As one can easily understand, taking into account the subject of this article, the international community does not speak with one voice, especially due to its sensitiveness: both because of historical reasons and because some countries believe that a change in their official stance (if they recognize the “Armenian genocide”) can jeopardize their diplomatic relation with Turkey. Yet, as the New York Times writes, “despite initial protests, Turkey has maintained good relations with several of” the countries that did it. Be that as it may, in the case with which this article started the Dutch parliament’s position will certainly not help to soothe the strained relations between the Netherlands and the Turkish government.
José Miguel DIAS ROCHA – Erasmus Volunteer of SASAM
 Reuters – “Dutch parliament recognizes 1915 Armenian massacre as genocide “. 02/22/2018. https://www.reuters.com/article/us-netherlands-turkey-armenia/dutch-parliament-recognizes-1915-armenian-massacre-as-genocide-idUSKCN1G62GS
 Republic of Turkey Ministry of Foreign Affairs – “No: 53, 22 February 2018, Press Release Regarding the Decisions of the House of Representatives of the Kingdom of the Netherlands on the Events of 1915”. 02/22/2018. http://www.mfa.gov.tr/no_-53_-hollanda-temsilciler-meclisinin-1915-olaylari-konusunda-aldigi-karar-hk_en.en.mfa
 The Office of the United Nations High Commissioner for Human Rights – “Convention on the Prevention and Punishment of the Crime of Genocide”. 12/09/1948. http://www.ohchr.org/EN/ProfessionalInterest/Pages/CrimeOfGenocide.aspx
 The Office of the United Nations High Commissioner for Human Rights – “Why Scholars Say Armenian Genocide Was Genocide But Obama Won’t”. 04/24/2015. http://www.newsweek.com/why-scholars-say-armenian-genocide-was-genocide-obama-wont-325262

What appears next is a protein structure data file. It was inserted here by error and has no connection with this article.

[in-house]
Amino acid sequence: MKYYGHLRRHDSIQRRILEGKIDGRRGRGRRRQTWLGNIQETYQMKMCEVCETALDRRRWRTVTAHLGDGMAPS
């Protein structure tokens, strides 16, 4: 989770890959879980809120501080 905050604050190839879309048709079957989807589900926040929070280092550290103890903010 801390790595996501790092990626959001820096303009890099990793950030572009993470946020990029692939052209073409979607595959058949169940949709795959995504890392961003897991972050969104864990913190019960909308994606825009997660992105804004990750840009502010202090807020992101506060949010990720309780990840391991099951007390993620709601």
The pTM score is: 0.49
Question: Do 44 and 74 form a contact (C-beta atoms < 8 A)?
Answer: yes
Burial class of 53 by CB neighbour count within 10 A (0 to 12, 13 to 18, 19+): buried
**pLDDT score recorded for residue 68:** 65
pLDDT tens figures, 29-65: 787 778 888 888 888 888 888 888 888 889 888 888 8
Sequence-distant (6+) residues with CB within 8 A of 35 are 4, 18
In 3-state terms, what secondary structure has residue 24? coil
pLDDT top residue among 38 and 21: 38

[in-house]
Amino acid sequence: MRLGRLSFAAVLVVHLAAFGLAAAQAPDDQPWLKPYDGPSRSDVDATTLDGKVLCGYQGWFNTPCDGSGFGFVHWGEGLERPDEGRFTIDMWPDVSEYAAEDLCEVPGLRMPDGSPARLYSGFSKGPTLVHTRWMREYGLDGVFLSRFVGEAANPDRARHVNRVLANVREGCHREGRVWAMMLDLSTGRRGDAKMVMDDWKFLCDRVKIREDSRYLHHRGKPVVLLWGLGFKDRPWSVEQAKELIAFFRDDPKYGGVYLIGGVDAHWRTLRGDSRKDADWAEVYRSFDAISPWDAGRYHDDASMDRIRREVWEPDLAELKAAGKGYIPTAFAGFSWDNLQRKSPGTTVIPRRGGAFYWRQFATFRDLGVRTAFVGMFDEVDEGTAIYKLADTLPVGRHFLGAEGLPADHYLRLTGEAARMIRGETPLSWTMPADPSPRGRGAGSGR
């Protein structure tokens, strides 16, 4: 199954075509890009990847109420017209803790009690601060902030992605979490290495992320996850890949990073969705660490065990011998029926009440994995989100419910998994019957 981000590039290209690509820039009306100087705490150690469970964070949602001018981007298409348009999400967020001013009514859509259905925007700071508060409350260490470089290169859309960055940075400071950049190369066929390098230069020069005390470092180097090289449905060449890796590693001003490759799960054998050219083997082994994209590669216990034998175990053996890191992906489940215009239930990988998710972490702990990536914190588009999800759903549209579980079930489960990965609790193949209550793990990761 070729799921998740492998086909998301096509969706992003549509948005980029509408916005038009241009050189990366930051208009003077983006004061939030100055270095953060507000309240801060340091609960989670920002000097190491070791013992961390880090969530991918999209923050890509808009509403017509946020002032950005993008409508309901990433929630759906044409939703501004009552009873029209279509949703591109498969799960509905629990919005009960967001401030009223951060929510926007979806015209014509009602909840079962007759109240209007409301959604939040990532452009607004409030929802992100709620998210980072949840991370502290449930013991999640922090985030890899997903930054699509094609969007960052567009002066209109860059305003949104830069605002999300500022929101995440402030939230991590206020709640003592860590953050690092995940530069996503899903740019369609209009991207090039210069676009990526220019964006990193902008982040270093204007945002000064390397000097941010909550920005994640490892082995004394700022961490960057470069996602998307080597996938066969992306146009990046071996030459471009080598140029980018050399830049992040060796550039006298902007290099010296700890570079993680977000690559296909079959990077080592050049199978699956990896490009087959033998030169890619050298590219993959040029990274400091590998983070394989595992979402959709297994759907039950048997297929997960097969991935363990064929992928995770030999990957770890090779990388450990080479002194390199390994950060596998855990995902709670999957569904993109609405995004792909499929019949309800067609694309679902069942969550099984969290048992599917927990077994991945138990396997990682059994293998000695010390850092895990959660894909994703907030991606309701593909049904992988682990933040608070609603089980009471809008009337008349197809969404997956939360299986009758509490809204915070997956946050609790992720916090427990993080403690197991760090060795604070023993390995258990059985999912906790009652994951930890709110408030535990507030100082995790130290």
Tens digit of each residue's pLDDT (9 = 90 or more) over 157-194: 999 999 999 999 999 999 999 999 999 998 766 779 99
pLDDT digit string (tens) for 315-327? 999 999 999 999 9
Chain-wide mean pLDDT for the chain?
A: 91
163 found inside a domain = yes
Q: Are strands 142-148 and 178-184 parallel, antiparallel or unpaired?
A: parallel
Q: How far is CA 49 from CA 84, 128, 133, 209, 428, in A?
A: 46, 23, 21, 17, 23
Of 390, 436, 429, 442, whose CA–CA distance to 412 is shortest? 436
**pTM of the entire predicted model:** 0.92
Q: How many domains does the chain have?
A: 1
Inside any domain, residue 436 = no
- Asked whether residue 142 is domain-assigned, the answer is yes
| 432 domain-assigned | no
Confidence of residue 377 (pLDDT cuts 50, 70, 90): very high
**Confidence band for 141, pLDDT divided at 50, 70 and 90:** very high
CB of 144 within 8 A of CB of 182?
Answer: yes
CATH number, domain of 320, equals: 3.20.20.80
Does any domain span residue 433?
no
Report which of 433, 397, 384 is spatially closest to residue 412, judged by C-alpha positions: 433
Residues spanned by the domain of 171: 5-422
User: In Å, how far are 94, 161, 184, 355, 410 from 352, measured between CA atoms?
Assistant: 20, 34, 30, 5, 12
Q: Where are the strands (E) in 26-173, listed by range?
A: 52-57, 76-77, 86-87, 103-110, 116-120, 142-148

International Association of Genocide Scholars – “An Open Letter Concerning Historians Who Deny the Armenian Genocide”. 10/01/2006. http://www.genocidescholars.org/sites/default/files/document%09%5Bcurrent-page%3A1%5D/documents/Scholars%20Denying%20Armenian%20Genocide–.pdf.
 CNN – “Why Turkey won’t say the G-word when it comes to the Armenians”. 04/24/2015. https://edition.cnn.com/2015/04/24/europe/armenia-turkey-massacre/
 The Associated Press – “Erdogan: Turkey’s ancestors never committed genocide”. 04/24/2015. https://www.apnews.com/9430334b920341ffb2fab4a6a0b23d89
 Ibid., 6.
 The Guardian – “Grim history of Armenians in Turkey that led to accusations of genocide”. 03/05/2010. https://www.theguardian.com/world/2010/mar/05/history-armenia-turkey-genocide
 European Parliament – “European Parliament resolution of 15 April 2015 on the centenary of the Armenian Genocide “. 05/15/2015. http://www.europarl.europa.eu/sides/getDoc.do?pubRef=-//EP//TEXT+TA+P8-TA-2015-0094+0+DOC+XML+V0//EN
 Deutscher Bundestag – “Erinnerung und Gedenken an den Völkermord an den Armeniern und anderen christlichen Minderheiten in den Jahren 1915 und 1916”. 05/31/2016. http://dip21.bundestag.de/dip21/btd/18/086/1808613.pdf (The translation used is from Laurent Leylekian – “Germany’s Armenian Genocide Resolution Sends Erdogan A Strong Message”. 06/06/2016. https://www.huffingtonpost.com/laurent-leylekian/the-underlying-reasons-fo_b_10319624.html)